While the worst may be over for retailers and brands, it will take some time for normalcy to set in. Until then, the key to surviving this crisis lies in sharing insights and learnings while adopting best practises from peers and partners across the globe. We would love to hear your thoughts and comments on how your brand is gearing up to face this challenge; do write to us at firstname.lastname@example.org.
For most of us, Covid-19 is the first time we have lived through a globally traumatic and emotion-inducing event, in real-time, with the whole world connected. From a brand’s perspective, Covid-19 has reminded us, rather dramatically, that emotions are a big part of our decision-making process and how fear, anxiety and panic can impact sales.
Based on our interactions with 400+ brands, Thought Leaders and Retail Experts, we’ve compiled some strategies focussed on enhancing engagement, maintaining top of mind recall and creating long-term emotional connect with your customers during these tough times.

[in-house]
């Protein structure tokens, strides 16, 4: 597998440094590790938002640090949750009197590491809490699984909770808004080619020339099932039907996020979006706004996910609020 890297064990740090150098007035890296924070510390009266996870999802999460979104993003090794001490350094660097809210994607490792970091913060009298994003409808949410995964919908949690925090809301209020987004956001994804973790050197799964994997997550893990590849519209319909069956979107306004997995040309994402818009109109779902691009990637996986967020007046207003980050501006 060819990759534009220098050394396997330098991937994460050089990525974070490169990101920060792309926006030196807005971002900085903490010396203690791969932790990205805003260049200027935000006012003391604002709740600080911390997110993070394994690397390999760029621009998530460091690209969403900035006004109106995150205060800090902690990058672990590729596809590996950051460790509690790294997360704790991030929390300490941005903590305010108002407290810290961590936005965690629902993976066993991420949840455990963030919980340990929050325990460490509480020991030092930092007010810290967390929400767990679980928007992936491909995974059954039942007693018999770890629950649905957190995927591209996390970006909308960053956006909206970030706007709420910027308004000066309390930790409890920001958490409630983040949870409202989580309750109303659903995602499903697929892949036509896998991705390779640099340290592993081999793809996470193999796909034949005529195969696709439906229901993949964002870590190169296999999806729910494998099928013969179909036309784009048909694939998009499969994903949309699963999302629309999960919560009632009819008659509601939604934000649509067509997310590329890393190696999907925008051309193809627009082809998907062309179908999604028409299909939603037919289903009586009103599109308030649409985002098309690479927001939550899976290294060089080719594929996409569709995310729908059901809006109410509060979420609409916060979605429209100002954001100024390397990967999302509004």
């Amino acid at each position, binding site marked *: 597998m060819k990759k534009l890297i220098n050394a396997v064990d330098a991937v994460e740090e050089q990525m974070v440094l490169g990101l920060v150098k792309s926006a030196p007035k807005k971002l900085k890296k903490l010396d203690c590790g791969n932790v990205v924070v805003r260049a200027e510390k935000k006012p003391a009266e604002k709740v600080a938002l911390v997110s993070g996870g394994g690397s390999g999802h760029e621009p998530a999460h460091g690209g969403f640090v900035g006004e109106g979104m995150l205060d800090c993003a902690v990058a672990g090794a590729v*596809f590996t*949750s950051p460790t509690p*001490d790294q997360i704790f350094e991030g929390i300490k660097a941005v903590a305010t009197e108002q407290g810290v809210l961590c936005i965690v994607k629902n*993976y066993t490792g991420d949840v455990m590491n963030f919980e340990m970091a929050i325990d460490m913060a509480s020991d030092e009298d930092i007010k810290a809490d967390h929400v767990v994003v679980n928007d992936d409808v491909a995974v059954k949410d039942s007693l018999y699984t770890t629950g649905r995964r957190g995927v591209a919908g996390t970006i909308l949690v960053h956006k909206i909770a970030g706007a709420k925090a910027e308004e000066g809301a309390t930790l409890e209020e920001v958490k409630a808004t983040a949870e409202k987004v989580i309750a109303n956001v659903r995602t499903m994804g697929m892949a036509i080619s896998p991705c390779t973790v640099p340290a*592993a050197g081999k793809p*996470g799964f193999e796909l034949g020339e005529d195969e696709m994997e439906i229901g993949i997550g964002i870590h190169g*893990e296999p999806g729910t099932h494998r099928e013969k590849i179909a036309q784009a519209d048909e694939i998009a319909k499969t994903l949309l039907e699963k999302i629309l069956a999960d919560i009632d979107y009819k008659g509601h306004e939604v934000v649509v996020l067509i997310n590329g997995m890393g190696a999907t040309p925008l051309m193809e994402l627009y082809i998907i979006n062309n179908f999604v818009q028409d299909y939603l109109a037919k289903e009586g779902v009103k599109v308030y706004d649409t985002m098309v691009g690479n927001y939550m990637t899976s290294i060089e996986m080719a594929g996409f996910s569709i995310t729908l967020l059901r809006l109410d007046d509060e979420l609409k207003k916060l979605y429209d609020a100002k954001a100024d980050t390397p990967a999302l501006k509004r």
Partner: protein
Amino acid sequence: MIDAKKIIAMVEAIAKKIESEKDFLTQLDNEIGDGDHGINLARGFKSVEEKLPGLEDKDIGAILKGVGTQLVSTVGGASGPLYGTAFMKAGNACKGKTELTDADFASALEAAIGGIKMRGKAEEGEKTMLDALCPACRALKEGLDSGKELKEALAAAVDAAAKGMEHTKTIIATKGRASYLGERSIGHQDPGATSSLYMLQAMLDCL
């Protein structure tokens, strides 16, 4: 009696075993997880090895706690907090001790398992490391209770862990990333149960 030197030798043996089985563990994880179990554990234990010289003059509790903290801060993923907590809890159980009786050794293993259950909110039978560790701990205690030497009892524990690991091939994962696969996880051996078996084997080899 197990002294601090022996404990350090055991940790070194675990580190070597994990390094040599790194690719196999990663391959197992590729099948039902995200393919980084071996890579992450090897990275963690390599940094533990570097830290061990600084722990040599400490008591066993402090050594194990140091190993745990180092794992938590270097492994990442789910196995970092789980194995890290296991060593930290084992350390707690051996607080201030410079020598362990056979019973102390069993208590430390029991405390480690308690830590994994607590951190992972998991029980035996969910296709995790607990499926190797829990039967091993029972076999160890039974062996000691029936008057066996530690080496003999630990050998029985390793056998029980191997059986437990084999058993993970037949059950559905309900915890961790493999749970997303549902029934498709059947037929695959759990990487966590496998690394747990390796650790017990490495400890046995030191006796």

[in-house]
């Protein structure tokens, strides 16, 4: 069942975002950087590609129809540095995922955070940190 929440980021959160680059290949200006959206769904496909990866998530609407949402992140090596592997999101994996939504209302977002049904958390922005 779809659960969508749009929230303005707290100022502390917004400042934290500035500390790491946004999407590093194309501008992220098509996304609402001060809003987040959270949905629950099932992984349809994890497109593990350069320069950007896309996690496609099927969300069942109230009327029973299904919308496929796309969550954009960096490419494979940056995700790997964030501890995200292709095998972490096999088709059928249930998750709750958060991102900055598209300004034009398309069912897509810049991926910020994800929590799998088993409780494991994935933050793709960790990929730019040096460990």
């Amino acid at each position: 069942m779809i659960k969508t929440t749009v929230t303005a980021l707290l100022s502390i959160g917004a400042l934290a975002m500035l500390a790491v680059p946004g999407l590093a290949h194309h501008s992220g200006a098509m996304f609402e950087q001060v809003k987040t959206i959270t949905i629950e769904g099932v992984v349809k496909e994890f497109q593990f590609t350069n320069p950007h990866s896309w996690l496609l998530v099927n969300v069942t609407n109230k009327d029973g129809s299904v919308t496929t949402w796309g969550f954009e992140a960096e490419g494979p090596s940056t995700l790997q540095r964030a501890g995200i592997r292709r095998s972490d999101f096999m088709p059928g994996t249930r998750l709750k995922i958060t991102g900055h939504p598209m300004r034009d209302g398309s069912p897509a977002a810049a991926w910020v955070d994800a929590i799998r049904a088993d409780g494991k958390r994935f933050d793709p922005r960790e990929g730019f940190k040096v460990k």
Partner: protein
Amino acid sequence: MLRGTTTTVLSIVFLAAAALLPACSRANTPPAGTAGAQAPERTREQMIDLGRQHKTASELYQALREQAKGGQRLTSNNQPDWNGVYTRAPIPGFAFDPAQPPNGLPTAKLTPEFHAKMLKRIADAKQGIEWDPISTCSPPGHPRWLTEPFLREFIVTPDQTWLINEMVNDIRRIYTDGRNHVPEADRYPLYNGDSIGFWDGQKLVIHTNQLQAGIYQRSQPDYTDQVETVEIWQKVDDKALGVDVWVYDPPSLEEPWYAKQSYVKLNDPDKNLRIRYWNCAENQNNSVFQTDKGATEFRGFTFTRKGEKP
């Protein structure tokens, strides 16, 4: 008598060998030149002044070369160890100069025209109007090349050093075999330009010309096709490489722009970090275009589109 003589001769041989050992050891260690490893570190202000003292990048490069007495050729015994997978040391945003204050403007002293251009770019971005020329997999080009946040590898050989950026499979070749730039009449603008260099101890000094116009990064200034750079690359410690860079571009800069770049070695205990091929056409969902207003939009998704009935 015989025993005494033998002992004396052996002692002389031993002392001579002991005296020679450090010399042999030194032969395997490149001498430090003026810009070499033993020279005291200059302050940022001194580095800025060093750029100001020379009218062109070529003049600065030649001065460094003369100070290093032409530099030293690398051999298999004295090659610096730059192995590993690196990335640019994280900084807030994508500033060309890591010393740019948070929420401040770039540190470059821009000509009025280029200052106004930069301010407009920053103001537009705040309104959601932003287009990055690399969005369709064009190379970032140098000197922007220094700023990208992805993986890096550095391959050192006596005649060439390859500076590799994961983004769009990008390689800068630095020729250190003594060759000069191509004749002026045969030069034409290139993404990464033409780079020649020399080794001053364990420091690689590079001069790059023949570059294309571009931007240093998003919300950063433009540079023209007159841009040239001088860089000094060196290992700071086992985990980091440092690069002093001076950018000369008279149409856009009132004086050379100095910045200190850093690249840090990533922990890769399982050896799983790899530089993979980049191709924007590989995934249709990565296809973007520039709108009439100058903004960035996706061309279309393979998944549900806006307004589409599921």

Key Strategies to Build Emotional Connect
One of the easiest ways to connect with your customers is to empathize with the challenges and struggles that they are undergoing due to the crisis. There has been a massive shift amongst consumers preferring socially conscious and sustainable brands in recent years and this is a good time to showcase your brand as socially responsible and empathic when the times are tough.
Campaign Ideas :
The core idea should be to replace sales-oriented marketing campaigns and promotions with human stories centred around your staff, your customers and the larger community. This positions the brand as someone who cares about what consumers truly value rather than what sells. And by creating content that evokes empathy, consumers are more likely to take action – sharing, responding, and even prompting change within their own communities.
- First and foremost, remind your customers that you are there for them in any which way you can be.
- Your customers are your community – let them know how you’re responding to the crisis, how you’re conducting business, and what health precautions you’re taking.
- Ask your customers how you can support them during this time, and let them know how they can support your brand as well.
- Share stories that reiterate your commitment towards your frontline staff like paying their salaries in advance or setting up an emergency fund through SMS and on social media. Most importantly, encourage your employees to comment and share these posts to ensure maximum reach.